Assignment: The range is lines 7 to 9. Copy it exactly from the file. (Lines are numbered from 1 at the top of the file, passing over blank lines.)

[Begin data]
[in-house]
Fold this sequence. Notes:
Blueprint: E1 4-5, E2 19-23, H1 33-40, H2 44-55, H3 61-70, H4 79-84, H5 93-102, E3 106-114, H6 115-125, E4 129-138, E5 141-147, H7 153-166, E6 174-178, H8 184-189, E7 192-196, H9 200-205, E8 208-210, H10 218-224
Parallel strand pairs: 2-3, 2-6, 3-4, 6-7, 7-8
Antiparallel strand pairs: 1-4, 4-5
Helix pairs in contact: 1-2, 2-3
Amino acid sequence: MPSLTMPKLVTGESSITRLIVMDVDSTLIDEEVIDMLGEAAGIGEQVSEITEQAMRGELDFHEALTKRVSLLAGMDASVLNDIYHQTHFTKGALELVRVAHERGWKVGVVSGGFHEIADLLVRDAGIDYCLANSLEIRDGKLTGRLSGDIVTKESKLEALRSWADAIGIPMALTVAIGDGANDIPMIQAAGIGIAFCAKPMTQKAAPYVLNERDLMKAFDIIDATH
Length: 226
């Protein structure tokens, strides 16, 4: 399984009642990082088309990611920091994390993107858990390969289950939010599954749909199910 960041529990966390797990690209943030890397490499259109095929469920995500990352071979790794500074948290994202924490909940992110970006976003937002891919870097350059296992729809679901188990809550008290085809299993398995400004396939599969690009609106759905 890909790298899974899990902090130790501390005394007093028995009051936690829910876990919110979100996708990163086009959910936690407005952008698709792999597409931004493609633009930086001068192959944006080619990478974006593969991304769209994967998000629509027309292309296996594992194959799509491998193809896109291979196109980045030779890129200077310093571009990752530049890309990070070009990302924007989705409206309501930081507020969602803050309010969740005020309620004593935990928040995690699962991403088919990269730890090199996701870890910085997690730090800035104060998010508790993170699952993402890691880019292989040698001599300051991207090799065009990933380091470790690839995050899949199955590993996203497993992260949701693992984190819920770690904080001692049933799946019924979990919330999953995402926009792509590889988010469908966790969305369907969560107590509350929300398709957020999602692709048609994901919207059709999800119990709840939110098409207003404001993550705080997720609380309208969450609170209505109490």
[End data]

Amino acid sequence: MPSLTMPKLVTGESSITRLIVMDVDSTLIDEEVIDMLGEAAGIGEQVSEITEQAMRGELDFHEALTKRVSLLAGMDASVLNDIYHQTHFTKGALELVRVAHERGWKVGVVSGGFHEIADLLVRDAGIDYCLANSLEIRDGKLTGRLSGDIVTKESKLEALRSWADAIGIPMALTVAIGDGANDIPMIQAAGIGIAFCAKPMTQKAAPYVLNERDLMKAFDIIDATH
Length: 226
């Protein structure tokens, strides 16, 4: 399984009642990082088309990611920091994390993107858990390969289950939010599954749909199910 960041529990966390797990690209943030890397490499259109095929469920995500990352071979790794500074948290994202924490909940992110970006976003937002891919870097350059296992729809679901188990809550008290085809299993398995400004396939599969690009609106759905 890909790298899974899990902090130790501390005394007093028995009051936690829910876990919110979100996708990163086009959910936690407005952008698709792999597409931004493609633009930086001068192959944006080619990478974006593969991304769209994967998000629509027309292309296996594992194959799509491998193809896109291979196109980045030779890129200077310093571009990752530049890309990070070009990302924007989705409206309501930081507020969602803050309010969740005020309620004593935990928040995690699962991403088919990269730890090199996701870890910085997690730090800035104060998010508790993170699952993402890691880019292989040698001599300051991207090799065009990933380091470790690839995050899949199955590993996203497993992260949701693992984190819920770690904080001692049933799946019924979990919330999953995402926009792509590889988010469908966790969305369907969560107590509350929300398709957020999602692709048609994901919207059709999800119990709840939110098409207003404001993550705080997720609380309208969450609170209505109490």